The United Nations summit on the Environment was held from 23rd to 27th May in Nairobi, Kenya, headquarters of the United Nations Environmental Programme (UNEP). In participation were all Ministers of Environment of UN member countries, prominent persons and more than 1,300 delegates, in other words, more than 3000 participants. The objective of this meeting was to extend the work of COP21 on the environment and to ensure that the objectives of Agenda 2030 are respected in the interest of sustainable development, an agenda which is particularly aimed at protecting marine life and water resources.
Participants at this Assembly, considered by many as the « Parliament for the Environment», discussed air pollution and illicit trade in endangered species.
The United Nations Environment Assembly (UNEA) was created during the United Nations conference on sustainable development in 2012, to strengthen and enhance the role of UNEP. UNEA has since then become the main leading organ of UNEP and has the mandate to take strategic decisions, bring policy direction to the work of UNEP and promote a strong interface between science and policy.
«The world must seize this opportunity to assess and accelerate progress towards a better and greener future for all» stated the Executive Director of the United Nations Environmental Programme (UNEP), Achim Steiner. «The UNAE provides the world with an opportunity to unite in a common fight against the forces of hunger, poverty, climate change and environmental degradation. We must take advantage of the second edition of UNEA to demonstrate that we can make quick and steady progress to create a healthy planet, of healthy people, without exceptions, without leaving anyone behind» added Achim Steiner.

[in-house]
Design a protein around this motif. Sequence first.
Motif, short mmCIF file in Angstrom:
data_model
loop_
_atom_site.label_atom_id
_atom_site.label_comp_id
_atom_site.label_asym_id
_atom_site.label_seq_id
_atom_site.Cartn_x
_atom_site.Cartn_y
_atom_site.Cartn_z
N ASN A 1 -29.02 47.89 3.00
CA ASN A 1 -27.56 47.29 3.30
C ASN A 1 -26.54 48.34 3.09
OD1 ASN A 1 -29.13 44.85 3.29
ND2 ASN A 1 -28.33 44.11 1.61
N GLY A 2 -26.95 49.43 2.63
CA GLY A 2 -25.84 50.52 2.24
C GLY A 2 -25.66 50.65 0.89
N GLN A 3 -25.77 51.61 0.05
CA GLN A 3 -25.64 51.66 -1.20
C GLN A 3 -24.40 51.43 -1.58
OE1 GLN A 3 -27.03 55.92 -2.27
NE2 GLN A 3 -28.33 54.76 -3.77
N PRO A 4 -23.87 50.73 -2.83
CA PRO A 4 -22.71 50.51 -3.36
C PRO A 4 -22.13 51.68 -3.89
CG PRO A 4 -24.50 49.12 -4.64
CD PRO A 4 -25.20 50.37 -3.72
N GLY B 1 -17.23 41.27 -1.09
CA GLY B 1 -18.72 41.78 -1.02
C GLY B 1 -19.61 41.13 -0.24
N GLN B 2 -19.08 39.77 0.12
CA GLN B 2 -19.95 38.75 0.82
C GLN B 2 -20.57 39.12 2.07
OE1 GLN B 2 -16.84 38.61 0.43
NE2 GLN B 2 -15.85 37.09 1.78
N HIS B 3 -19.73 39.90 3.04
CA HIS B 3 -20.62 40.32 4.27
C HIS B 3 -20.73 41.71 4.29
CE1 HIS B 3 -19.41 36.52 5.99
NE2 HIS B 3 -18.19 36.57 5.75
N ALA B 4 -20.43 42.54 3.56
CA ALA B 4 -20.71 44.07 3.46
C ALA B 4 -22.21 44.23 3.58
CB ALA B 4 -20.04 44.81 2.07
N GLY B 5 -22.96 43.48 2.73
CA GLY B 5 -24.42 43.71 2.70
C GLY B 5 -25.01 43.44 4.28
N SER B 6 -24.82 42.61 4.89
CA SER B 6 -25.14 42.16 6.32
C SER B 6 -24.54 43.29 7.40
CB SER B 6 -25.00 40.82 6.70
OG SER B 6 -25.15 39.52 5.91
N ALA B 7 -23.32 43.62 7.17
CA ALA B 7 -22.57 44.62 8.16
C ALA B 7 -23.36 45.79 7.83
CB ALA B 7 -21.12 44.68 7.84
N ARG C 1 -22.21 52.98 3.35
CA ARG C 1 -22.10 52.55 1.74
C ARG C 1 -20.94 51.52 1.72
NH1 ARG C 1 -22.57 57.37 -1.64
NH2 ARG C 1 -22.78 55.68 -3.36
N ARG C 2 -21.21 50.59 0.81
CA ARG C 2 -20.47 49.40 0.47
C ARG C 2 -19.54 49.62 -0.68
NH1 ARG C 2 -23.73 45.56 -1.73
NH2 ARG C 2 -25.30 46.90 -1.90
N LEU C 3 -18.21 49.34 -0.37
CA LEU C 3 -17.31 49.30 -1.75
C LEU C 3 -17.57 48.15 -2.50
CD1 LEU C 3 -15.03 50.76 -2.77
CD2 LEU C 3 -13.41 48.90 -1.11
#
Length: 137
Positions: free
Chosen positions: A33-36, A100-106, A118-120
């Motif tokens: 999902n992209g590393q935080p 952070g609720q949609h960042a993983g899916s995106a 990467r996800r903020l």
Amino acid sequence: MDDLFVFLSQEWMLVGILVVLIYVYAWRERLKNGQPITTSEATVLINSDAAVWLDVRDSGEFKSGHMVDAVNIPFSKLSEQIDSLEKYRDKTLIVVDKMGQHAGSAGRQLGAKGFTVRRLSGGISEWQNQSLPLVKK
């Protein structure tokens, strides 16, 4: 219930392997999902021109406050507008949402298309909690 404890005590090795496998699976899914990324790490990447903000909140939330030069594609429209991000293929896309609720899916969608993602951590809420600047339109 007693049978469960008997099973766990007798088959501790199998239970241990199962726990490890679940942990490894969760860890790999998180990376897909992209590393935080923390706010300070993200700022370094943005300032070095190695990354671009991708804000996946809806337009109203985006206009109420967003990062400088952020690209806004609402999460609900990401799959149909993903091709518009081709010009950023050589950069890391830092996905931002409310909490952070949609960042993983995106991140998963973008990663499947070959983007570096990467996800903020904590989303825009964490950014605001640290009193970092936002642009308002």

UNEP demanded «a greener future for all » and 25 resolutions were adopted with the aim of compelling governments, private businesses and civil society to strengthen their ecological agenda, by fighting particularly against the pollution of water bodies and the air, and also against poaching which depletes worldwide fauna and to encourage the role of community leaders and women in environmental protection.
Seven air pollution monitors will also be installed in Nairobi, at the headquarters of UNEP. The issue of pollution of water bodies was also raised by many. In East Africa for example, the stakes are particularly high with regard to protection of water bodies, since people on the coast of the Indian ocean and Lake Victoria among others make a living from fishing and seaside tourism. The huge Lake Victoria is therefore a source of income for many tens of thousands of people in Kenya, Tanzania and Uganda. However, its ecosystem is at risk due to pollution and over fishing; its biodiversity is being depleted.
The power to curb this negative decline often rests in the hands of local actors in the fishing and tourism sector. Even though some NGOs fear promises which have no future, the experts say there are some tangible commitments. Green peace for example has emphasized «a significant progress for UNEP» whose voice is «becoming more influential» within the United Nations system according to the environmental NGO.
As a reminder, the first session of the United Nations Environment Assembly was held in June 2014, in Nairobi. It will be the turn of Morocco next November, to host the 22nd Conference of Parties to the United Nations Framework Convention on Climate Change (COP22) in Marrakech.
Courtesy image of UNEP/UNEA